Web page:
Pomegranate Results Encouraging

Posted by Shari Henson on 1/1/2005 to Superfoods
Pomegranate Study Two Year Study on Effects of Pomegranate Juice on Prostate Cancer Points to Encouraging Results, Research to Continue!


Commercial pomegranate juice shows potent antioxidant and antiatherosclerotic properties.

This literature summary is part of the HerbClip, an educational mailing service of the American Botanical Council.

Although the 5-year survival rates for men with pro state cancer have increased from 67% during 1974-1976 to 92% during 1989-1995, prostate cancer is still the second most common cause of cancer death in men in the United States. Primary management of the disease for most men is either radical surgery or radiation therapy. In a significant number of men, the disease metastasizes. According to the authors, patients who have undergone primary management to cure the disease and who have progressive elevation of their prostate- specific antigen (PSA) without documented evidence of metastatic disease have limited treatment options. In their study, these authors sought to determine the effects of pomegranate juice consumption on PSA progression in those patients. The pomegranate (Punica granatum) fruit has been used for centuries in ancient cultures for its medicinal purposes. Commercial pomegranate juice shows potent antioxidant and anti atherosclerotic properties attributed to its high content of polyphenols, including ellagic acid in its free and bound forms and other flavonoids.

To study the possible therapeutic effects of pomegranate juice on prostate cancer, the authors conducted a 2-year, single-center; phase II, Simon two-stage clinical trial at the Clark Urologic Center David Geffen School of Medicine at the University of California at Los Angeles. Eligible patients had a detectable PSA >0.2 and <5 ng/mL, enough pretreatment PSA time points to calculate a baseline PSA doubling time (PSADT), no hormonal therapy before entering the study, no evidence of metastatic disease, and Gleason score <:7 (lower scores indicate less dangerous tumors).

Each patient had a minimum of 3 pretreatment PSA values measured over a minimum of 6 months before entering the study. Patients were treated with 8 ounces of pomegranate juice by mouth daily (Wonderful variety, equivalent to 750 mg total polyphenol gallic acid equivalents daily) until their disease progressed. Progressive disease was defined as "either a >100% increase in PSA (with a minimum value of 1.0 ng/mL) compared with the best response observed (nadir) or any documentation of metastatic or recurrent disease." Patients were followed in 3-month intervals for serum PSA, and blood and urine were collected for laboratory studies. Clinical end points included safety, effect on serum PSA, effect on serum hormone levels, and exploratory laboratory studies.

According to the authors, the study was fully accrued to 48 patients during a period of 13 months in 2 stages after efficacy criteria were met. Two patients withdrew before their first evaluation. Of the 46 remaining patients, 68% were originally treated by radical prostatectomy, 10% by external beam radiotherapy, 10% by brachytherapy, 7% by surgery and radiation, and 5% by cryotherapy. The original Gleason scores were read as intermediate (5-7) in 94% of patients, whereas 6% had Gleason 4 cancers. Of the 46 patients, 63% were clinically or pathologically staged with organ-confined disease, whereas 37% had locally advanced cancers extending into the periprostatic or seminal vesicle tissues. At the beg inning of the study, median PSA for the cohort was 1.05 ng/mL.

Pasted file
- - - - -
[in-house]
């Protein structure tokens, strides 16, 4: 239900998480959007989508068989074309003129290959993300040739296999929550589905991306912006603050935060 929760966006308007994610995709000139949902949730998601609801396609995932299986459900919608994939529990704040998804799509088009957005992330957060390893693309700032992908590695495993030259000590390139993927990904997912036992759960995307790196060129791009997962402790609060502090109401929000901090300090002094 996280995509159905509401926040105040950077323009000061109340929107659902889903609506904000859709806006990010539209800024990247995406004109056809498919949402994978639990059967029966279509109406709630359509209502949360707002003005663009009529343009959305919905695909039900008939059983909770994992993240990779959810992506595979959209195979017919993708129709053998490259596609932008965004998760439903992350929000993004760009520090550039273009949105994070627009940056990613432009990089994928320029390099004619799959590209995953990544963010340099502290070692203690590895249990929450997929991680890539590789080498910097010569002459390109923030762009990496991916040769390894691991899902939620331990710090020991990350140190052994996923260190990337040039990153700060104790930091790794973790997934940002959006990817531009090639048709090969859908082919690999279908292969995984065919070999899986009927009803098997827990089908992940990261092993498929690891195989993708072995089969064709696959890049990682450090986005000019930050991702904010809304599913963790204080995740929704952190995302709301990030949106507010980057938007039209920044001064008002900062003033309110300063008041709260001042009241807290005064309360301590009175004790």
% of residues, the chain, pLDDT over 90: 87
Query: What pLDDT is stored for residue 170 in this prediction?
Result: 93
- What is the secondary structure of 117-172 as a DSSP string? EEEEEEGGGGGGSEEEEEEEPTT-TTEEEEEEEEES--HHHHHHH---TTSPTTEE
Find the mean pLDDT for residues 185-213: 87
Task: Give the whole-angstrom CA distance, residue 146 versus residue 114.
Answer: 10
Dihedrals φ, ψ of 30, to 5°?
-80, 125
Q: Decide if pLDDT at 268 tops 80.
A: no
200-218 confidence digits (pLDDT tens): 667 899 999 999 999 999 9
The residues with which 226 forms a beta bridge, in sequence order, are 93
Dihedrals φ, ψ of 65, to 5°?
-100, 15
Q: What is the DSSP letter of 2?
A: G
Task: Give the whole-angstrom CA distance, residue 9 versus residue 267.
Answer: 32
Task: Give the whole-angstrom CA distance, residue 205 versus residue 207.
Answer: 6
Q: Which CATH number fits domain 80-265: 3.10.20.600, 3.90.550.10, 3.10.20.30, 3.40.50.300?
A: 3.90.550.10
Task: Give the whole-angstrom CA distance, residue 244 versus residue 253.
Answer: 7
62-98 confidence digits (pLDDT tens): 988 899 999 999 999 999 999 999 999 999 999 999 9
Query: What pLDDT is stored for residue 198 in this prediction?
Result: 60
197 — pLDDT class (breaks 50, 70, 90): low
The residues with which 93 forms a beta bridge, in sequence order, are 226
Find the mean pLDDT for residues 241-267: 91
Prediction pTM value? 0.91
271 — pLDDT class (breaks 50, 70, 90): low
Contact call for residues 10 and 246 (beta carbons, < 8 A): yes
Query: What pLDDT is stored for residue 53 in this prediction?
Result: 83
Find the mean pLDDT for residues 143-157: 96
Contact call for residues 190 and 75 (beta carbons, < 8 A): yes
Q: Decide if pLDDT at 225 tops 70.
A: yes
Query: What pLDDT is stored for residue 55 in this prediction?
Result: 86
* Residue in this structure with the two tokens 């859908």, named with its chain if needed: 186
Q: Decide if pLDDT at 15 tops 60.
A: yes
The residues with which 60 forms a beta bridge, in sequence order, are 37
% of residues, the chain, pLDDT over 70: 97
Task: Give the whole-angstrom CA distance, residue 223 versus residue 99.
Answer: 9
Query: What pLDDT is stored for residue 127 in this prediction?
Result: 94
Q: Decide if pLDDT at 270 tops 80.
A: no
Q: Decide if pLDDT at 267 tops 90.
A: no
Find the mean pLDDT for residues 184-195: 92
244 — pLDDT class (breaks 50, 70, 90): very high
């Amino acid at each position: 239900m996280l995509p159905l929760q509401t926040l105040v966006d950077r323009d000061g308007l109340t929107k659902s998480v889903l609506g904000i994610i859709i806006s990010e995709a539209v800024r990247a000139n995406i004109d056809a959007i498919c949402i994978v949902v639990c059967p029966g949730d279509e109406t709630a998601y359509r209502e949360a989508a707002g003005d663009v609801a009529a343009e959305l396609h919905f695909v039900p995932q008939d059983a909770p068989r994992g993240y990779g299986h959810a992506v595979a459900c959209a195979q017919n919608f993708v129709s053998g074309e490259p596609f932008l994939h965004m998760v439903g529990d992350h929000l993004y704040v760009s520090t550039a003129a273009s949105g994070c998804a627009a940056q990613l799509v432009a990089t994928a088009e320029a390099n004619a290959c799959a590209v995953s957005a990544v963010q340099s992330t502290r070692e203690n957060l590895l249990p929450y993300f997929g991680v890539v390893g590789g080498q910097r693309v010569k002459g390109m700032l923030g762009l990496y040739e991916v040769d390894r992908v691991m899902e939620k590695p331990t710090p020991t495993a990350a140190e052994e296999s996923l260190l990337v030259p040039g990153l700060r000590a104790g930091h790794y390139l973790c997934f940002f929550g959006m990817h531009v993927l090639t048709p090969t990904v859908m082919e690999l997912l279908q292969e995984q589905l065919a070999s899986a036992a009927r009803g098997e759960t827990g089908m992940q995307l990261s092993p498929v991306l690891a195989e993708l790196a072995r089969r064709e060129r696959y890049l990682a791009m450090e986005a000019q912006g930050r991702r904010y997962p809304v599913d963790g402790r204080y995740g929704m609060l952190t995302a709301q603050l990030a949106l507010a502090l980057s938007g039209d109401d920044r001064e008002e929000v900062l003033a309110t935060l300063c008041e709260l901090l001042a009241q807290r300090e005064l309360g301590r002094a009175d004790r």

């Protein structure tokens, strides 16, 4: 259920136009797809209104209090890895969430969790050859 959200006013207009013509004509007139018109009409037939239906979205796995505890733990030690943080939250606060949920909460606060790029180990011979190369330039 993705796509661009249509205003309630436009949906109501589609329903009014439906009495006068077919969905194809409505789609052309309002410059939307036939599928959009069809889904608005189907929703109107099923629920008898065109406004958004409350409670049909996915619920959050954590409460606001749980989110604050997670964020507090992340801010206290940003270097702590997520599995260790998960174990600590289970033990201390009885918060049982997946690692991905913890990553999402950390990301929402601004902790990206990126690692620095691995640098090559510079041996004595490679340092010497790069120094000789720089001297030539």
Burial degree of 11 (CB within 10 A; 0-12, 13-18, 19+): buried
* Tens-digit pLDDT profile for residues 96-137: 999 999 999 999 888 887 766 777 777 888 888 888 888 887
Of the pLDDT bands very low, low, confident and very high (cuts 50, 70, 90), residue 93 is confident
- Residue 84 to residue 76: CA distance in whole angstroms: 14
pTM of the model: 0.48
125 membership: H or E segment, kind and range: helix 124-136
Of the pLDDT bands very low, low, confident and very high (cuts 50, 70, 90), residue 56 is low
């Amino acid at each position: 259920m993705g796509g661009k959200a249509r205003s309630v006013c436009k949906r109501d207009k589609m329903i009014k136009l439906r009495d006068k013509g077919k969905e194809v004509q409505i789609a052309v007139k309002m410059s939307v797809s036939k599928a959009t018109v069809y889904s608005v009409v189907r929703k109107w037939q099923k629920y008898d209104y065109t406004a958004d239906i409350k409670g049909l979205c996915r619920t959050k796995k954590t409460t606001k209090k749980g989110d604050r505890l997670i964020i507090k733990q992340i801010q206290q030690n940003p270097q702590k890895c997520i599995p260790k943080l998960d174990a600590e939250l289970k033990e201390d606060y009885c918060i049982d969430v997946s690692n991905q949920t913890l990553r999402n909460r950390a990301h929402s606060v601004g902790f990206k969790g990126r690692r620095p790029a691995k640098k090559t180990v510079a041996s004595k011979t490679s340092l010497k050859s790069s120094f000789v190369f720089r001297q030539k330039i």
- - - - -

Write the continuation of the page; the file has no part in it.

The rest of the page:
In this study, treatment with pomegranate juice significantly lengthened the PSADT in these men: Mean PSADT increased from 15 months at baseline to 54 months post treatment (P<0.001). Also reported by the authors were a durable prolongation of disease stabilization and significant effects on exploratory laboratory assays, such as the patient s' se rum antioxidant status: Patients' serum showed a significant 40% (P<0.02) reduction in the basal oxidative state and a significant 15% reduction (P<0.02) in the resistance of their serum samples to M PH-induced lipid peroxidation after pomegranate juice consumption. In vitro assays comparing pretreatment and post treatment patient serum on the growth of LNCaP (prostate cancer cells) showed a 12% decrease in cell proliferation (P=0.0048) and a 17% increase in apoptosis (P=0.0004), as well as significant (P<0.02) reductions in oxidative state and sensitivity to oxidation of serum lipids after vs. before pomegranate juice consumption. A 23% increase in serum nitric oxide (P = 0.0085) was also reported. No serious adverse events were reported and the treatment was well tolerated.

The authors note that the "proposed benefits shown in this study are in assays that are as yet unvalidated, and further research is needed to prove the validity of these tests and to determine whet her improvements in such biomarkers (including PSADT) are likely to serve as surrogates for clinical benefit." Their results are being further tested in a randomized, double-blind, three-arm, placebo-controlled study (begun in April 2006), in which the ability of two pomegranate juice doses to produce a predefined alternation in PSA kinetics is compared with the change observed in a control group. If the results of that study are positive, "a strong rationale would exist for research on other plant polyphenols, such as resveratrol in red wine, that might mediate similar effects," say the authors.

By: Shari Henson

The American Botanical Council provides this summary and the above article as an educational service. ABC does not warrant that the data is accurate and correct, nor does distribution of the enclosed article constitute any endorsement of the information contained or of the views of the authors.

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